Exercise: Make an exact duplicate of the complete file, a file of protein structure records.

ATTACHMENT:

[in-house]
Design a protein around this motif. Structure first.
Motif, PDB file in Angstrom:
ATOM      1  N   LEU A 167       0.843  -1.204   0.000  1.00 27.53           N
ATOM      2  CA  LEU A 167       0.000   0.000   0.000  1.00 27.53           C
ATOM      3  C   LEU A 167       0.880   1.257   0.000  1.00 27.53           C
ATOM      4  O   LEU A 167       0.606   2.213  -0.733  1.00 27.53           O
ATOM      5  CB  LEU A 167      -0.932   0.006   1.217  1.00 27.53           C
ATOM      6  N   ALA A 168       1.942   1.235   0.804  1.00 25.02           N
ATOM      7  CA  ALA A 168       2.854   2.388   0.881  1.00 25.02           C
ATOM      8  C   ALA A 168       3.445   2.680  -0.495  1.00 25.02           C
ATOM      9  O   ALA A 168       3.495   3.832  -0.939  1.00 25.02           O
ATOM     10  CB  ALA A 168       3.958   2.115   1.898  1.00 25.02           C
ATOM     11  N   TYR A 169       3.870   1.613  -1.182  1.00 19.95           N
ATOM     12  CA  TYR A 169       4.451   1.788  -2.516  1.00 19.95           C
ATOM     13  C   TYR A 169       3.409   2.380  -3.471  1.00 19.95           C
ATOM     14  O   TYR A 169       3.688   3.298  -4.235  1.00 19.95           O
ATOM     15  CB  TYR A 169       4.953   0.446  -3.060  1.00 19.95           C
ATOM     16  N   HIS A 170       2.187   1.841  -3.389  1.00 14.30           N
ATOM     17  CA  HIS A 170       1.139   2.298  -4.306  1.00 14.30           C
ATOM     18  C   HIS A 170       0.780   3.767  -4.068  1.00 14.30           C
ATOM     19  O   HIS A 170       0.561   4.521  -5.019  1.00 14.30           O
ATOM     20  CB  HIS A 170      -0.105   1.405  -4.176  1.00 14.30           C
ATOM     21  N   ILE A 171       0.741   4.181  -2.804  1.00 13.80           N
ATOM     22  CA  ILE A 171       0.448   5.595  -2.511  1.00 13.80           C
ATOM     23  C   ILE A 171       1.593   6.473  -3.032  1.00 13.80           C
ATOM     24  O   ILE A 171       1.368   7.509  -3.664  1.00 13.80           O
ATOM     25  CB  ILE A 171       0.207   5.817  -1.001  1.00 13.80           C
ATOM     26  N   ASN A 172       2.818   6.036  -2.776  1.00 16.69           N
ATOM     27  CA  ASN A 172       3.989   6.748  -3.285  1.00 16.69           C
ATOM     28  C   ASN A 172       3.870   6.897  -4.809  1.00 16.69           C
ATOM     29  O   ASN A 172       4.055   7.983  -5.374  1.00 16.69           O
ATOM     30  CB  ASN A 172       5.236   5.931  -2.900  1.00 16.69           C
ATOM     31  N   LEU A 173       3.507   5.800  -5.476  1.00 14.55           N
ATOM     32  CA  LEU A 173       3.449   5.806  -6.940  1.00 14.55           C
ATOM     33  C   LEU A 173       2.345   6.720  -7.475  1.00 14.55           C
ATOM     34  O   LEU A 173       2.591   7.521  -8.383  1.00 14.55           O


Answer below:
[in-house]
Design a protein around this motif. Structure first.
Motif, PDB file in Angstrom:
ATOM      1  N   LEU A 167       0.843  -1.204   0.000  1.00 27.53           N
ATOM      2  CA  LEU A 167       0.000   0.000   0.000  1.00 27.53           C
ATOM      3  C   LEU A 167       0.880   1.257   0.000  1.00 27.53           C
ATOM      4  O   LEU A 167       0.606   2.213  -0.733  1.00 27.53           O
ATOM      5  CB  LEU A 167      -0.932   0.006   1.217  1.00 27.53           C
ATOM      6  N   ALA A 168       1.942   1.235   0.804  1.00 25.02           N
ATOM      7  CA  ALA A 168       2.854   2.388   0.881  1.00 25.02           C
ATOM      8  C   ALA A 168       3.445   2.680  -0.495  1.00 25.02           C
ATOM      9  O   ALA A 168       3.495   3.832  -0.939  1.00 25.02           O
ATOM     10  CB  ALA A 168       3.958   2.115   1.898  1.00 25.02           C
ATOM     11  N   TYR A 169       3.870   1.613  -1.182  1.00 19.95           N
ATOM     12  CA  TYR A 169       4.451   1.788  -2.516  1.00 19.95           C
ATOM     13  C   TYR A 169       3.409   2.380  -3.471  1.00 19.95           C
ATOM     14  O   TYR A 169       3.688   3.298  -4.235  1.00 19.95           O
ATOM     15  CB  TYR A 169       4.953   0.446  -3.060  1.00 19.95           C
ATOM     16  N   HIS A 170       2.187   1.841  -3.389  1.00 14.30           N
ATOM     17  CA  HIS A 170       1.139   2.298  -4.306  1.00 14.30           C
ATOM     18  C   HIS A 170       0.780   3.767  -4.068  1.00 14.30           C
ATOM     19  O   HIS A 170       0.561   4.521  -5.019  1.00 14.30           O
ATOM     20  CB  HIS A 170      -0.105   1.405  -4.176  1.00 14.30           C
ATOM     21  N   ILE A 171       0.741   4.181  -2.804  1.00 13.80           N
ATOM     22  CA  ILE A 171       0.448   5.595  -2.511  1.00 13.80           C
ATOM     23  C   ILE A 171       1.593   6.473  -3.032  1.00 13.80           C
ATOM     24  O   ILE A 171       1.368   7.509  -3.664  1.00 13.80           O
ATOM     25  CB  ILE A 171       0.207   5.817  -1.001  1.00 13.80           C
ATOM     26  N   ASN A 172       2.818   6.036  -2.776  1.00 16.69           N
ATOM     27  CA  ASN A 172       3.989   6.748  -3.285  1.00 16.69           C
ATOM     28  C   ASN A 172       3.870   6.897  -4.809  1.00 16.69           C
ATOM     29  O   ASN A 172       4.055   7.983  -5.374  1.00 16.69           O
ATOM     30  CB  ASN A 172       5.236   5.931  -2.900  1.00 16.69           C
ATOM     31  N   LEU A 173       3.507   5.800  -5.476  1.00 14.55           N
ATOM     32  CA  LEU A 173       3.449   5.806  -6.940  1.00 14.55           C
ATOM     33  C   LEU A 173       2.345   6.720  -7.475  1.00 14.55           C
ATOM     34  O   LEU A 173       2.591   7.521  -8.383  1.00 14.55           O